(Extract from Donegal South of the Gap by Liam Ronayne)
The group travelled onwards through the village which at the time that Samuel Lewis published his Topographical Dictionary of Ireland in 1837, could boast that it held seven fairs annually and had a population of over 439 people see https://www.libraryireland.com/topog/
Notable buildings are the Methodist Church. This building was built to designs by William Fawcett Gilchrist (c. 1863 – 1907/8), a Sligo-based architect. The present building replaced an earlier Methodist church/chapel (c. 1860) at Ballintra, which was located a short distance to the north-west of the present site, which in turn replaced an earlier building of this type in the town (location not known but in existence in 1837).
Further down the Main street is Drumholm Parish Church built in 1795. Beside it is the Robertson Primary School Further out of the village on the old main road is St Brigid’s Catholic Church which was completed in 1845 replacing a wooden structure on the same site.
Coxtown Manor built by Alexander Hamilton in the early 1840s. He was the land agent for the Hamiltons of Brownhall and also acted as land agent for the nearby Conolly estate (Thomas(Speaker) Conolly bought the Ffolliott estate in 1718) He was responsible for the replacement of the old ‘Rundale’ system of land holdings in the south Donegal area in the 1830s replacing it with the enclosed field system and farms set out in co-extensive holdings.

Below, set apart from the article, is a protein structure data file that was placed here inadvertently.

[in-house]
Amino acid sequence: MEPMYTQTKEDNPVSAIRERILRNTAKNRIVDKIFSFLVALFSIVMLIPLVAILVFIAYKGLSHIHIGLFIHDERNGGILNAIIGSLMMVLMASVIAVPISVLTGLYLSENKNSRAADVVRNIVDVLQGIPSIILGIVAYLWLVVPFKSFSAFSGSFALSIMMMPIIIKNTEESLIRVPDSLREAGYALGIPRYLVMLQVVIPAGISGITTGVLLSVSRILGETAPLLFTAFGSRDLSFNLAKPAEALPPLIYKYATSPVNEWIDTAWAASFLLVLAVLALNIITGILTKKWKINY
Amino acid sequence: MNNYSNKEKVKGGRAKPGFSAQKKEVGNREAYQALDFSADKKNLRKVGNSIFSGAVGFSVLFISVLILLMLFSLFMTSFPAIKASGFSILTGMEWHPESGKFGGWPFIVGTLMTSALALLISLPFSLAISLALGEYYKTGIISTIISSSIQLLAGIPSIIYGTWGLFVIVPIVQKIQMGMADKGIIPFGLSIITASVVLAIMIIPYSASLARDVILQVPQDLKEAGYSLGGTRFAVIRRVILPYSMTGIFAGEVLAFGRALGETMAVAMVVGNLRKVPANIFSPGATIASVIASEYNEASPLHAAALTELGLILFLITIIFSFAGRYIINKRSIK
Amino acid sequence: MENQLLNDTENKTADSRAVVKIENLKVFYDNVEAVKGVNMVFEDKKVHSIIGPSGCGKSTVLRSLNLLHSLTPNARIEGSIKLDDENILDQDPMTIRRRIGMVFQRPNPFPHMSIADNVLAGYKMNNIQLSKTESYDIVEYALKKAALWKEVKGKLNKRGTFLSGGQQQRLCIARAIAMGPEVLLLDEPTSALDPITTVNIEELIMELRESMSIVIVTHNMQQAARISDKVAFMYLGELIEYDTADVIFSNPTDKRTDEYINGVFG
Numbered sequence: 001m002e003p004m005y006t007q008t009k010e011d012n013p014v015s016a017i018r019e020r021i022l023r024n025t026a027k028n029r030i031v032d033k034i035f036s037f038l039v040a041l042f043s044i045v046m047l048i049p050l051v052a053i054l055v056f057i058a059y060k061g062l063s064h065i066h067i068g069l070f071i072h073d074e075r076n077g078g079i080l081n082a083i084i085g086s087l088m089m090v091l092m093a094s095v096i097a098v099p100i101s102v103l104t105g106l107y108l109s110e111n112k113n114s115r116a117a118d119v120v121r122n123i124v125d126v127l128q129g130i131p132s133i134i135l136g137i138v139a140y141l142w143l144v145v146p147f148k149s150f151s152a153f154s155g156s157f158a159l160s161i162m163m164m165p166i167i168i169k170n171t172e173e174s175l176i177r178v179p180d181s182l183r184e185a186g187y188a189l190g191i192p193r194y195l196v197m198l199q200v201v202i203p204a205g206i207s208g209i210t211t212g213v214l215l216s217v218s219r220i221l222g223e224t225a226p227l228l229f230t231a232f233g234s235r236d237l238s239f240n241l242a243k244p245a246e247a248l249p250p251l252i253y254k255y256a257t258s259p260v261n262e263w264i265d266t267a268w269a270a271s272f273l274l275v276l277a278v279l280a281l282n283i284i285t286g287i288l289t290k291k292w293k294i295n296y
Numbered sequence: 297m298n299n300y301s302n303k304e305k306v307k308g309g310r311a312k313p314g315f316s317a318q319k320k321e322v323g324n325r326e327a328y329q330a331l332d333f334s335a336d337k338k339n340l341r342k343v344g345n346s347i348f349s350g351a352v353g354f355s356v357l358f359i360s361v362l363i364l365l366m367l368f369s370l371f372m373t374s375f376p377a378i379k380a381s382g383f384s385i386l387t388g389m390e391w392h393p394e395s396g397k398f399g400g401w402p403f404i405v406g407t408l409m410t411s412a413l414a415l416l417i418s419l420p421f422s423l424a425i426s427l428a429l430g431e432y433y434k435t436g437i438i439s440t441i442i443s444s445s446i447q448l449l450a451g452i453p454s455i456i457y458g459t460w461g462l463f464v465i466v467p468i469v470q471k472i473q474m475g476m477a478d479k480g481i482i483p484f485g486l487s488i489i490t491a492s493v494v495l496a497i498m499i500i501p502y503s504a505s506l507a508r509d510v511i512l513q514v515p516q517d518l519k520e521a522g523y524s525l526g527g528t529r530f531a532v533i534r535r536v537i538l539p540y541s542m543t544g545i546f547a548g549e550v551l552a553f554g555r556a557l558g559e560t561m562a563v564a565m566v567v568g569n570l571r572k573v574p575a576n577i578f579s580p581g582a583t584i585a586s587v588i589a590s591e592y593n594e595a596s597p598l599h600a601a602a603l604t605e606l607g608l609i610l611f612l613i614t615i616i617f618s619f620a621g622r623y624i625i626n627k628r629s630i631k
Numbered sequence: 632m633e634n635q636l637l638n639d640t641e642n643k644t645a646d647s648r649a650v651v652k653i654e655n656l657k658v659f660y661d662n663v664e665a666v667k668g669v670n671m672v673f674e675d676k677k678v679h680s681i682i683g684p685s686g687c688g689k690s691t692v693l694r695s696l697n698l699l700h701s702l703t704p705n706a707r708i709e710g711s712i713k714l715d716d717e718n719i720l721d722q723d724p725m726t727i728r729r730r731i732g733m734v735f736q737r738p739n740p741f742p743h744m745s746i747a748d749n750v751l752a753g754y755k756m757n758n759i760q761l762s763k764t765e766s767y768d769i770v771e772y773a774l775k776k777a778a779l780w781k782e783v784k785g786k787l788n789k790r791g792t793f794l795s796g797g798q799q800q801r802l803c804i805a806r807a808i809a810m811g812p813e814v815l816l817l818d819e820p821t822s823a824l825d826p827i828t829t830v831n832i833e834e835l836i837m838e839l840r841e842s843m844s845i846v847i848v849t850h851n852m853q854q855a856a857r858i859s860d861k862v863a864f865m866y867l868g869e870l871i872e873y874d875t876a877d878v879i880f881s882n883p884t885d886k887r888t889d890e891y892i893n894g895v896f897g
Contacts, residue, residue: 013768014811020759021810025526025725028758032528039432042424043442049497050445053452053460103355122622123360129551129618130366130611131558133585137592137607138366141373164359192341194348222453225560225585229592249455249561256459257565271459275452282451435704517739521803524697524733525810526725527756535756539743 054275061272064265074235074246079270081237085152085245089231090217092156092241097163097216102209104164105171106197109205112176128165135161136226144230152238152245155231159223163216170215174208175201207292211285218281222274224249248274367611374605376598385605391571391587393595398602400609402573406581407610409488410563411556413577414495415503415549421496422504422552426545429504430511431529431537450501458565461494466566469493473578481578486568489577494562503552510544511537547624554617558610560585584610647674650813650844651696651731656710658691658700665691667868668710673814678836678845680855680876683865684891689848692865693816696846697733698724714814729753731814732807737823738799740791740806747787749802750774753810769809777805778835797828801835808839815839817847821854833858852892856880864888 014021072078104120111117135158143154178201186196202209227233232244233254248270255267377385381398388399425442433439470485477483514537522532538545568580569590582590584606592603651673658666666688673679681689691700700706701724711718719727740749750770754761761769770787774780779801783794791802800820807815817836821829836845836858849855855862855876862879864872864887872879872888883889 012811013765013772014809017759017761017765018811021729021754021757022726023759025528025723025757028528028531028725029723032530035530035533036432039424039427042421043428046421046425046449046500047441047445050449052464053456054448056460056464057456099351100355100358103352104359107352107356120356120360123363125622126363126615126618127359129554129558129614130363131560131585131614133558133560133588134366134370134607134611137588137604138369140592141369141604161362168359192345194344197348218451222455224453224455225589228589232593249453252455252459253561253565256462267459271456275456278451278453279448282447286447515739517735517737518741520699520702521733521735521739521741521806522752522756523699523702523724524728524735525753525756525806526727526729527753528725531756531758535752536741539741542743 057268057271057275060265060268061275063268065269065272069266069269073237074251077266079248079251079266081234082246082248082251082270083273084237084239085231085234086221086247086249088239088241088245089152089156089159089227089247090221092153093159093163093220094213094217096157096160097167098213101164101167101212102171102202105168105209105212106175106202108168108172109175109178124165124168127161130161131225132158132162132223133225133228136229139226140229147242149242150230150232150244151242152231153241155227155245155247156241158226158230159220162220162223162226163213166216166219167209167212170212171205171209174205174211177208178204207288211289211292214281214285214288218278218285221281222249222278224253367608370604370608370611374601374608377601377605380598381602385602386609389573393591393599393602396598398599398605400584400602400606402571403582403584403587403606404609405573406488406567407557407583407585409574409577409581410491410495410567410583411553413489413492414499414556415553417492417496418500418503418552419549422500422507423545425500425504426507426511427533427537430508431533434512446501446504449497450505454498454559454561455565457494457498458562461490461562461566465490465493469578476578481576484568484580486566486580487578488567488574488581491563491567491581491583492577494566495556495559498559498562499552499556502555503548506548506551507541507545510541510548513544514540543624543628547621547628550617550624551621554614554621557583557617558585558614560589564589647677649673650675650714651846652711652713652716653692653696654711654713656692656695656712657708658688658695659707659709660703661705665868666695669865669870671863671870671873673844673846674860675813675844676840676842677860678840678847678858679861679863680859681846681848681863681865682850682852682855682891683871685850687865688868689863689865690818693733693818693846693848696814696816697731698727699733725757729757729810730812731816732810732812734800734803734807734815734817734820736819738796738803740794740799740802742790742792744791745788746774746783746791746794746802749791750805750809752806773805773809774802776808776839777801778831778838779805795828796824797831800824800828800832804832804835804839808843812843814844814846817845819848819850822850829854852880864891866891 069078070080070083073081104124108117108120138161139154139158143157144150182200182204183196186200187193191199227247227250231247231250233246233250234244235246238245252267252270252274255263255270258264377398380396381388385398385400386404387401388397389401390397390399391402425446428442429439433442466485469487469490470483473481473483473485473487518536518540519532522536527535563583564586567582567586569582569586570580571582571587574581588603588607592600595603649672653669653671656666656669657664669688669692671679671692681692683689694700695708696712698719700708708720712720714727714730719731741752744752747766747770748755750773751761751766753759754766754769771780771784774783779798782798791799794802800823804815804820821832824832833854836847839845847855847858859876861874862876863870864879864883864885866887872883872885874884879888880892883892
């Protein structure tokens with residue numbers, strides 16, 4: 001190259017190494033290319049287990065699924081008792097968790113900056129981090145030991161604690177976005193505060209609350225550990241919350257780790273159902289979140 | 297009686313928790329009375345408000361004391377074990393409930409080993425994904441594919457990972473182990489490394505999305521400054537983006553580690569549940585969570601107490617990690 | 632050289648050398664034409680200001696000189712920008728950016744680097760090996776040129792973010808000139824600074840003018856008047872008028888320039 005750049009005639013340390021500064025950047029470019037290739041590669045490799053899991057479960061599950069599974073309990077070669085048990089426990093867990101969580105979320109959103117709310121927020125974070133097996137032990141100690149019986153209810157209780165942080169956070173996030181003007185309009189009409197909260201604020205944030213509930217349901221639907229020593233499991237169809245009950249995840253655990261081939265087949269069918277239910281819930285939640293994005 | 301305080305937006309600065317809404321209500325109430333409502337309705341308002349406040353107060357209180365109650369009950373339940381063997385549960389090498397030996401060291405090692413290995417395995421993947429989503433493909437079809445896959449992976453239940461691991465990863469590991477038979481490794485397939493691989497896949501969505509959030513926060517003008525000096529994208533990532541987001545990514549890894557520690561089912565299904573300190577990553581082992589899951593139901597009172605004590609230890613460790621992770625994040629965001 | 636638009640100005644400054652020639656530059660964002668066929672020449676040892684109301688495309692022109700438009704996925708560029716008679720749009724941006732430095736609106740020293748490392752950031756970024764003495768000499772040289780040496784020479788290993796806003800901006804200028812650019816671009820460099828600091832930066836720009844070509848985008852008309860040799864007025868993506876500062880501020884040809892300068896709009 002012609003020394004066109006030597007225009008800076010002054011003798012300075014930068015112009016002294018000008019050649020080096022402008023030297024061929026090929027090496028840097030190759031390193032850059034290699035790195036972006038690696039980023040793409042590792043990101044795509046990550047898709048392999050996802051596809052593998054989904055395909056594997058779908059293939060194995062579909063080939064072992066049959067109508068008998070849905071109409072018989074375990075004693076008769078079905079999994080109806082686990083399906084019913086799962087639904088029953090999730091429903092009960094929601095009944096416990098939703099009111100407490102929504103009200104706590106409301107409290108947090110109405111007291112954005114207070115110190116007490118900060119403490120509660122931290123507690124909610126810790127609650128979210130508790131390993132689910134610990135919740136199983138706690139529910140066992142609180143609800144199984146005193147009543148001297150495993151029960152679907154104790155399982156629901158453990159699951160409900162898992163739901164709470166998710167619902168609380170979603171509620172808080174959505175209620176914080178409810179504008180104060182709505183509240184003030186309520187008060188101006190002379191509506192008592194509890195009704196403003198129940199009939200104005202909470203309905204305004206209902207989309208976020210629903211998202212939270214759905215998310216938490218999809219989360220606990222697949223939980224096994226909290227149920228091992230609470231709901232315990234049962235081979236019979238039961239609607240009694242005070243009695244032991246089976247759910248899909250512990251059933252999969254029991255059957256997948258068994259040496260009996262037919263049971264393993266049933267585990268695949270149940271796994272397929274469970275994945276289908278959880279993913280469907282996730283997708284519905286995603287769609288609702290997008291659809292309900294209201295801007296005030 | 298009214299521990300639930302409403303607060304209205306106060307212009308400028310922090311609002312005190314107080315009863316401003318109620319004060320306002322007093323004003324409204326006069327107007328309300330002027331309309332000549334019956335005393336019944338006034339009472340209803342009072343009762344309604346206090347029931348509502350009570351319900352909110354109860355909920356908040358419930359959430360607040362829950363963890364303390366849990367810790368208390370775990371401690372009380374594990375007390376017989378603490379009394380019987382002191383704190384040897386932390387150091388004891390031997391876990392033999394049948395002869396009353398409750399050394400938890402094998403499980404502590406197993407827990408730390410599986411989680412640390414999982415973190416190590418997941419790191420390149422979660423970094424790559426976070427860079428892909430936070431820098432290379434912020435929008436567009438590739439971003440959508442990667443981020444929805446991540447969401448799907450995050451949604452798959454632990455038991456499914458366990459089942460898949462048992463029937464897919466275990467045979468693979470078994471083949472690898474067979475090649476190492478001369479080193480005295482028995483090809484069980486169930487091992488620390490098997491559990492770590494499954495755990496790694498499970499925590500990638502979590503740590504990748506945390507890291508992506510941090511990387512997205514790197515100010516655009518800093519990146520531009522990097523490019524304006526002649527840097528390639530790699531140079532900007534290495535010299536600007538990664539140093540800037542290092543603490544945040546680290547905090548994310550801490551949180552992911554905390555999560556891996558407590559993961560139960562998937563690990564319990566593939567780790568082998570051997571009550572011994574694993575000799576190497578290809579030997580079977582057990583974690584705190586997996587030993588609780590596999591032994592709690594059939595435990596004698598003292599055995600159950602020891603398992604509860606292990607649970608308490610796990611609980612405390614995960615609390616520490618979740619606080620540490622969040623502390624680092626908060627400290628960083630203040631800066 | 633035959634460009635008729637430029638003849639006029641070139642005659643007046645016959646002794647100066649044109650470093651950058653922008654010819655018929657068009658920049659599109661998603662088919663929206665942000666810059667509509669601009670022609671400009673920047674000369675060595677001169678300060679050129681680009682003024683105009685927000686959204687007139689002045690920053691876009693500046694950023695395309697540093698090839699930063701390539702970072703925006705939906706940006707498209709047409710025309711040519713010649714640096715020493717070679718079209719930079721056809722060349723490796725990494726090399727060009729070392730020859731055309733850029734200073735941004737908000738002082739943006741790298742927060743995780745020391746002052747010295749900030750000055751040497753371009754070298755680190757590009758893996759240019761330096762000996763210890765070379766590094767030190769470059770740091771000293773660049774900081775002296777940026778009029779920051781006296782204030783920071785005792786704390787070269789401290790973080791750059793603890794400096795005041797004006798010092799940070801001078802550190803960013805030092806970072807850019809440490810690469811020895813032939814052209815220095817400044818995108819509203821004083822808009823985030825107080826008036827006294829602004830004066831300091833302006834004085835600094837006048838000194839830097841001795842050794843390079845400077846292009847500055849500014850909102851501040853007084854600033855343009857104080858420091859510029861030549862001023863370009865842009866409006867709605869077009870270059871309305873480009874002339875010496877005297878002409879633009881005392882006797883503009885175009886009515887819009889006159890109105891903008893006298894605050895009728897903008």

Travelling onwards through Bridgetown which it is hard to believe was once a thriving area of industry with several grain mills sited along the Rath River harnessing its power to turn the mill wheels and grindstones.
The village of Laghey An Lathaigh –meaning mud or a muddy place, probably referring to the crossing on the river, is not mentioned in Lewis’s Topographical Dictionary of Ireland and the village grew up along the crossing point where the seven arches bridge stands The Church of Ireland church in the village was originally a chapel of Ease for Drumholm parish and was built in 1834 and altered in 1911 , 1915 and more recently in 1999.
Drumholm church and graveyard
The wider area around Drumholm Church was an ancient monastic site and is the burial place for Flaghertaigh Uí Maoil Doraidh King of the Cinéal Connaill and who reputedly founded the Cistercian Monastery at Assaroe near Ballyshannon in 1197.
St Adhamháin born in AD 630 may have been a native of the area but many scholars now believe that he studied at the monastery. He later succeeded St Columchille as abbot of the monastery on Iona.
Drumholm gives its name to a townland and to the parish. The name in Irish is Droim Thuama meaning the hill of the tomb. The monastery flourished for many centuries and recent archaeology has revealed that the monastic site covered a much larger area than the current churchyard and ruins would suggest.
The church later became the parish church for the Established Anglican Church in the early 17th Century but fell into ruin after the present parish church was build in Ballintra in 1795.
The tour ended with a visit to the Abbey Mill where a light lunch of Tea, Coffee and sandwiches was prepared for all.